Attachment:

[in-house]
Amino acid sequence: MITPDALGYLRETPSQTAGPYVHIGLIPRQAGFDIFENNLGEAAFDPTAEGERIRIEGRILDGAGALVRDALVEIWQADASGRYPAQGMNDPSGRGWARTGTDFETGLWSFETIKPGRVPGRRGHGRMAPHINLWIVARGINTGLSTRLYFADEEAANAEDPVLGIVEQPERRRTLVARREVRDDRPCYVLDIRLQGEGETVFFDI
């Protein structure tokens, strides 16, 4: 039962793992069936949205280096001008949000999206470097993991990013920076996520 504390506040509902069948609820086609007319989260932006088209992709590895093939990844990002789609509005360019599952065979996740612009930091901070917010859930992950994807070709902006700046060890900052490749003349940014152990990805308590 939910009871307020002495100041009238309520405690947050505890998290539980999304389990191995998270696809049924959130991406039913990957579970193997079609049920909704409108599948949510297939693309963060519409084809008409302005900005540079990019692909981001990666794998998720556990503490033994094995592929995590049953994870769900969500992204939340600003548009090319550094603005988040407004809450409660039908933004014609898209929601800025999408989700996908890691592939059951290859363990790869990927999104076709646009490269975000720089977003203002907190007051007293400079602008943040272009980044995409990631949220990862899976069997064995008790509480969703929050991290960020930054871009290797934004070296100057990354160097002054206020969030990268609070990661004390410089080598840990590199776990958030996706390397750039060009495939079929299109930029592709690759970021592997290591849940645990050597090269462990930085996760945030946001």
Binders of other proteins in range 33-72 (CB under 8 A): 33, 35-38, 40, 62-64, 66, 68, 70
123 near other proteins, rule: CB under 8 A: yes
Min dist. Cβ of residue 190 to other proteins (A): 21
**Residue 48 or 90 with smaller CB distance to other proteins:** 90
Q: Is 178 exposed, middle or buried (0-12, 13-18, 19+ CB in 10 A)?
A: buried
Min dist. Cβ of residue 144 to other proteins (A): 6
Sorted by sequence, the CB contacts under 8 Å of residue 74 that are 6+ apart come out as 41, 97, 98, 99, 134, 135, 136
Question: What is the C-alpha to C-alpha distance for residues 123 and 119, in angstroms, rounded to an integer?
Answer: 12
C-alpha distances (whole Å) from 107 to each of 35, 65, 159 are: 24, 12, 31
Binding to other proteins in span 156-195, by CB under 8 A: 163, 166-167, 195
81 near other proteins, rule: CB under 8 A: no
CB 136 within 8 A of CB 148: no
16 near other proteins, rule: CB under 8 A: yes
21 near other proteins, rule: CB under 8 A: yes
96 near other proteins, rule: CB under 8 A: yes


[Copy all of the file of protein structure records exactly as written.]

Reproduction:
[in-house]
Amino acid sequence: MITPDALGYLRETPSQTAGPYVHIGLIPRQAGFDIFENNLGEAAFDPTAEGERIRIEGRILDGAGALVRDALVEIWQADASGRYPAQGMNDPSGRGWARTGTDFETGLWSFETIKPGRVPGRRGHGRMAPHINLWIVARGINTGLSTRLYFADEEAANAEDPVLGIVEQPERRRTLVARREVRDDRPCYVLDIRLQGEGETVFFDI
């Protein structure tokens, strides 16, 4: 039962793992069936949205280096001008949000999206470097993991990013920076996520 504390506040509902069948609820086609007319989260932006088209992709590895093939990844990002789609509005360019599952065979996740612009930091901070917010859930992950994807070709902006700046060890900052490749003349940014152990990805308590 939910009871307020002495100041009238309520405690947050505890998290539980999304389990191995998270696809049924959130991406039913990957579970193997079609049920909704409108599948949510297939693309963060519409084809008409302005900005540079990019692909981001990666794998998720556990503490033994094995592929995590049953994870769900969500992204939340600003548009090319550094603005988040407004809450409660039908933004014609898209929601800025999408989700996908890691592939059951290859363990790869990927999104076709646009490269975000720089977003203002907190007051007293400079602008943040272009980044995409990631949220990862899976069997064995008790509480969703929050991290960020930054871009290797934004070296100057990354160097002054206020969030990268609070990661004390410089080598840990590199776990958030996706390397750039060009495939079929299109930029592709690759970021592997290591849940645990050597090269462990930085996760945030946001």
Binders of other proteins in range 33-72 (CB under 8 A): 33, 35-38, 40, 62-64, 66, 68, 70
123 near other proteins, rule: CB under 8 A: yes
Min dist. Cβ of residue 190 to other proteins (A): 21
**Residue 48 or 90 with smaller CB distance to other proteins:** 90
Q: Is 178 exposed, middle or buried (0-12, 13-18, 19+ CB in 10 A)?
A: buried
Min dist. Cβ of residue 144 to other proteins (A): 6
Sorted by sequence, the CB contacts under 8 Å of residue 74 that are 6+ apart come out as 41, 97, 98, 99, 134, 135, 136
Question: What is the C-alpha to C-alpha distance for residues 123 and 119, in angstroms, rounded to an integer?
Answer: 12
C-alpha distances (whole Å) from 107 to each of 35, 65, 159 are: 24, 12, 31
Binding to other proteins in span 156-195, by CB under 8 A: 163, 166-167, 195
81 near other proteins, rule: CB under 8 A: no
CB 136 within 8 A of CB 148: no
16 near other proteins, rule: CB under 8 A: yes
21 near other proteins, rule: CB under 8 A: yes
96 near other proteins, rule: CB under 8 A: yes